In Part 1, I described how in 1996, while working for Trimble, I first became aware of 3D laser scanning. It was being developed by Cyra Technologies Inc., a small start-up that had approached Trimble seeking a potential partnership. The jaw-dropping technology demo hooked my interest.
In Part 2, I described my role in evaluating the partnership opportunity for Trimble. I also dove into my first evaluation checklist item: Was 3D laser scanning being developed to meet an identified market need or had it come out of basic R&D, such as university research? I learned Cyra was developing it to solve the “as-built problem” for industrial plant retrofit projects. Traditional manual as-built methods were slow, sometimes unsafe, and often fraught with error that could lead to serious construction problems. That 3D laser scanning was being developed to solve an identified problem was a positive checkmark for me.
Now I dive into a couple of additional, critical evaluation items at a point in time—1996-1997—when the technology was still in development.
For any organization or individual evaluating a new technology and/or potential business partnership, there are lots of questions. I had a long list. Likewise, Ben Kacyra (now of CyArk), Cyra’s CEO, had lots of questions for me about Trimble as a potential partner and about the survey industry in general.
Beyond the “Identified Market Need” item, my evaluation checklist also included:
• Stage of development: How much more is needed? When to first product?
• References: Beta users, others?
• Status of proprietary position
• ”Saleability”: Value of benefits versus cost of ownership and deployment? Affordability? Ease-of-use?
• Competition: Other 3D laser scanners? Other technologies or methods?
• Market potential: Industrial plants only? Size of “as-built” market?
• Skills of Cyra staff members and their pedigree: Business and technical staff (hardware and software)
• Fit with Trimble: Business; development culture and expertise; channel, training, support; Trimble’s GPS customer base versus likely 3D laser scanning customer base
• Cyra’s investment situation and ownership dilution?
Stage of Development
A key evaluation point for me was the technology’s state-of-development and “proven-ness.” From an investment risk standpoint, the further along a new technology is in development and commercial traction, the better. A potential partnership investment cost goes up, of course, as technical and commercial risks are reduced but, generally, the further along that a new technology is, the better.
By that time in 1996-97, Crya had already performed a bench-top proof-of-concept and demonstrated an alpha version of the scanner. They were now at beta stage. When I learned about their four beta users, I checked another box.
Chevron, Fluor Daniel, Raytheon Engineers & Constructors, and the Navy
These four beta users were all premium organizations, and each was interesting.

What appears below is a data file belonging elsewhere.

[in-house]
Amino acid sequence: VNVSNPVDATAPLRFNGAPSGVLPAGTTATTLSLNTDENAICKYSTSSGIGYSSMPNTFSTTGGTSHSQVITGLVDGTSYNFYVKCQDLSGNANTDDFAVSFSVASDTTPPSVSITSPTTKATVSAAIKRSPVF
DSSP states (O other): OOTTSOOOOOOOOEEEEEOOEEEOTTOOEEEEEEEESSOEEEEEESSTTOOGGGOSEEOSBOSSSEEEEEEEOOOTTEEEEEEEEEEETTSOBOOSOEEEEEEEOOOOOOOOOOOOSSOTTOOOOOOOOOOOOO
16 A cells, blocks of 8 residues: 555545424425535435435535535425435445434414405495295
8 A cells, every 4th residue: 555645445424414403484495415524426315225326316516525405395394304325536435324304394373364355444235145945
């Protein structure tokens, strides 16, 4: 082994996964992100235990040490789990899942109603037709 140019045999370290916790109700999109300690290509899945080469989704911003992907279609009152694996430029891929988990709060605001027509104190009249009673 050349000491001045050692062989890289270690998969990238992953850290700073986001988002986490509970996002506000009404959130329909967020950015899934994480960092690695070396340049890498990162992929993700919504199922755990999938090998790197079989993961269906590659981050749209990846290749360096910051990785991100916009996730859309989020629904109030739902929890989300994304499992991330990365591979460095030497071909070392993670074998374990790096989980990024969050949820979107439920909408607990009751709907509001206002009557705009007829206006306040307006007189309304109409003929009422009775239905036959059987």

Chevron, well…it’s Chevron! It’s one of the world’s largest oil and gas companies. Also, its headquarters and a major refinery were in the San Francisco Bay Area, making for convenient interactions with SF Bay Area-based Cyra Technologies.
Fluor Daniel was interesting not only for its size and global prestige as a plant engineering, procurement, and construction (EPC) company (today it’s Fluor Corp), but also because the company had its own, internal “as-built services” department. They were skilled at close-range photogrammetry, which was, at the time, the leading competing method for creating 3D as-built models as input to plant retrofit design.
Raytheon Engineers & Constructors was a large EPC with specialties in power plants and pulp and paper mills. Both types of plants represented challenging environmental and logistical conditions. Raytheon E&C evaluated alpha and beta versions of Cyra’s 3D laser scanner. (Raytheon was subsequently acquired by Washington Group International in 2000 and WGI was acquired by URS in 2007.)
Finally, the U.S. Navy was evaluating 3D laser scanning for “ship checks.” Ship checks are as-built surveys of areas of a ship that are planned for modification. If one considers a naval ship as essentially a floating plant, it was easy to see the fit.
The fact that that Cyra’s development was past its alpha stage and that these four world-class organizations were Cyra’s beta users, each with unique requirements, was another positive checkmark for my “stage-of-development” checklist item.
For my evaluation, it was hard not to be impressed.
Status of Proprietary Position
This evaluation aspect is always a biggie for high-tech businesses. Fear of someone else copying you–or even out-inventing you–keeps a lot of technology entrepreneurs, investors, and start-up executives up at night. So, having a protected, proprietary position that can’t readily be copied is invaluable. Patents, critical in-house know-how, and exclusive licensing and/or business agreements are all good candidate tools for this.
Again, Cyra Technologies checked this important box.
Difficult Specs to Meet When Ben Kacyra came up with his original specs and requirements for a 3D laser scanner, his vision was to build it with commercially available components. (Years later he admitted that if he had known that his original vision of a 3D laser scanner would require so much additional research and engineering effort–and money–he probably wouldn’t have pursued it. He also noted that most entrepreneurs have the exact same experience.)
Based on Kacyra’s as-built experience for power plants, as I recall, his original specs included:
• Six-millimeter accuracy at 50-meter range (reflectorless)
• Safe to operate around people without special glasses or other restrictions
• 1,000 points-per-second scan speed